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The Collaborative International Dictionary
Pitt -- U.S. County in North Carolina
Population (2000): 133798
Housing Units (2000): 58408
Land area (2000): 651.576653 sq. miles (1687.575713 sq. km)
Water area (2000): 3.191593 sq. miles (8.266188 sq. km)
Total area (2000): 654.768246 sq. miles (1695.841901 sq. km)
Located within: North Carolina (NC), FIPS 37
Location: 35.589908 N, 77.391082 W
Pitt, NC
Pitt County
Pitt County, NC

Pitt is a surname of British origin. Used on its own, in Europe or History it most commonly refers to one of two British statesmen:

  • William Pitt, 1st Earl of Chatham (William Pitt the Elder) (1708–1778), British Prime Minister & 1st Earl of Chatham 1766–1768
  • William Pitt the Younger, British Prime Minister 1783–1801 and 1804–1806, son of Pitt the Elder

In the U.S. mainly in education or sports it most commonly refers to:

  • University of Pittsburgh ("Pitt"), located in Pittsburgh, Pennsylvania
  • Pitt Panthers, the athletic teams of the University of Pittsburgh
  • It may also refer to Pittsburg State University ("Pitt State"), located in Pittsburg, Kansas

In American popular culture it commonly refers to:

  • Brad Pitt (born 1963), an American actor

It may also refer to the following people:

  • Andrew Pitt, motorcycle racer from New South Wales, Australia
  • Charles Redding Pitt (born 1944), attorney and current chairman of the Alabama Democratic Party (2003–2007)
  • Courtney Pitt, English footballer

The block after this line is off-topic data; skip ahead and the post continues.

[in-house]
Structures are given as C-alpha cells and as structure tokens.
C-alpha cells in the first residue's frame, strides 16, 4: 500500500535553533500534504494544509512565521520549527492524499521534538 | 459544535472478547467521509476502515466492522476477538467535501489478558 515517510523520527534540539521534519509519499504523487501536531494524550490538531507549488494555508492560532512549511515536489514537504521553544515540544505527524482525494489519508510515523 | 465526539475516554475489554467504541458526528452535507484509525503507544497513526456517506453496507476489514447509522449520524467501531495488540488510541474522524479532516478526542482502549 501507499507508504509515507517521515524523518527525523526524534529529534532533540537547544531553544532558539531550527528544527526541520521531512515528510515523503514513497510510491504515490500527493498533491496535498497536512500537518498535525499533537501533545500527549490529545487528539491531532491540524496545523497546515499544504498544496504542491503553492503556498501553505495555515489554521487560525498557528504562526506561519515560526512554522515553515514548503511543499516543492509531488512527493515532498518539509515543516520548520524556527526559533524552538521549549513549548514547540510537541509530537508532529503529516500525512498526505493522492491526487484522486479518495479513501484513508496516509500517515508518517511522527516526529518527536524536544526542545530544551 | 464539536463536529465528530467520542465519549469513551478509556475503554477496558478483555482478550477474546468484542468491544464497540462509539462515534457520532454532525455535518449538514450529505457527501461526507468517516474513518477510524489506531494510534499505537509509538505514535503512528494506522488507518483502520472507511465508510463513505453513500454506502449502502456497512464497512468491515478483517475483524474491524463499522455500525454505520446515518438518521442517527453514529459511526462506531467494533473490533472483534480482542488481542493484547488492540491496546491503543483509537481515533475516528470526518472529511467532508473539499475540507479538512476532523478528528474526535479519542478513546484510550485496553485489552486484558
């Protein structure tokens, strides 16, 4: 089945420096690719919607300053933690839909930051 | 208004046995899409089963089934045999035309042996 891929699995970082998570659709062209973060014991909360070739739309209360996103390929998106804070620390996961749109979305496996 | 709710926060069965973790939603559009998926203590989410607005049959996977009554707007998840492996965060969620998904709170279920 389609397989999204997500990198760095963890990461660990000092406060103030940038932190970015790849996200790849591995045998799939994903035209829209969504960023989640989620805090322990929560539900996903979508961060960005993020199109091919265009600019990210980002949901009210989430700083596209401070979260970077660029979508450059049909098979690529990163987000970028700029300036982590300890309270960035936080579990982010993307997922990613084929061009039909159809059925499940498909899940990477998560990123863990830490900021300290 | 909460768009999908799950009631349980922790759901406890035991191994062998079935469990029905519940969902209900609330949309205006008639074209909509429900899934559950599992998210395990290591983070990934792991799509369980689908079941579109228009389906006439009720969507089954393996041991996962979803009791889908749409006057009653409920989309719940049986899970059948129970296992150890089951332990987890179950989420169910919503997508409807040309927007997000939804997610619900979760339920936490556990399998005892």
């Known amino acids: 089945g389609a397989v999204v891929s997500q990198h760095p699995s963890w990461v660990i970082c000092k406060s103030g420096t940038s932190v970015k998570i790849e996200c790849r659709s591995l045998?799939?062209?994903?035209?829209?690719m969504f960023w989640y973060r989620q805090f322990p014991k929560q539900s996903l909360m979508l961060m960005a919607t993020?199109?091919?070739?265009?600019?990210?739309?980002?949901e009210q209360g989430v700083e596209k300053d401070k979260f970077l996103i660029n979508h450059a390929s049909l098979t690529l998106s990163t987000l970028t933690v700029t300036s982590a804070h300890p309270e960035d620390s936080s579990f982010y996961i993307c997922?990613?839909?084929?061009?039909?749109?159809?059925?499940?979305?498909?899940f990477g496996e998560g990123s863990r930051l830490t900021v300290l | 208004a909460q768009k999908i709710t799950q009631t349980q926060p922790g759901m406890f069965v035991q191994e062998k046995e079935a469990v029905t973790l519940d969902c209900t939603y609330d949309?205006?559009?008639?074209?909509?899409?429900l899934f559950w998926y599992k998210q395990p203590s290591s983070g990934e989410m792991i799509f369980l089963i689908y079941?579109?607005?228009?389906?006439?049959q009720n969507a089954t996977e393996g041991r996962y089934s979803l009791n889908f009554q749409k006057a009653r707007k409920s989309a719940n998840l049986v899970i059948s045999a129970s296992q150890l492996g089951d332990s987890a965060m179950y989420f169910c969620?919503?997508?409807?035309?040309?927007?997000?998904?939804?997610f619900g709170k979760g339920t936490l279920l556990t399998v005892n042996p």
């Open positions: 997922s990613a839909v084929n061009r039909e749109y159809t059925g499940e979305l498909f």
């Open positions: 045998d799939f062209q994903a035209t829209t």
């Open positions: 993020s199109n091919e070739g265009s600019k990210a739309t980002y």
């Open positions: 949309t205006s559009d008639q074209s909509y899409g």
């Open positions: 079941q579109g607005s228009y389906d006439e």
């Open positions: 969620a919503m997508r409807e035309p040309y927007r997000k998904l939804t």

• David Pitt, Baron Pitt of Hampstead, (1913–1994), civil rights campaigner and Labour politician in the United Kingdom
  • Harvey Pitt, former chairman of the U.S. Securities and Exchange Commission (SEC)
  • Ingrid Pitt (born 1937 in Poland), actress in horror films of the 1960s and 70s
  • Kalanimoku (1768-1827), a prominent Hawaiian official given the name William Pitt by visiting Europeans
  • Karnail Pitts, former D-12 artist
  • Malcolm Pitt (1897–1985), American college sports coach
  • Michael Pitt (born 1981), an American actor
  • Thomas Pitt (1653–1726), English merchant, grandfather of Pitt the Elder
  • William Pitt (architect) (1855–1918), architect working in Melbourne, Australia
  • William Pitt (engineer) of New Brunswick, Canada, inventor of the underwater cable ferry in the early 1900s
  • William Fox-Pitt (born 1969), British three-day eventing rider
  • Bill Pitt (born 1937), British politician; was Liberal Member of Parliament 1981-1983
  • William Rivers Pitt, leftist author and essayist

Pitt also refers to:

  • Pitt, Hampshire, a hamlet in Hursley parish, Hampshire, England
  • Pitt River, British Columbia, Canada
  • Pit River, also known as Pitt River, California, United States
  • River Pitt, Somerset, England
Pitt (comics)

Pitt is a fictional character who appears in a comics series by American publisher Full Bleed Studios. Created by Dale Keown, he first appeared in Pitt #1 ( cover dated January 1993). Pitt is a human/ alien hybrid, created by an alien race known as the Creed, genetically engineered to serve as a killing machine. He appears more alien than human, with red, pupil-less eyes, gray skin, absence of a nose, sharp oversized teeth and large talons.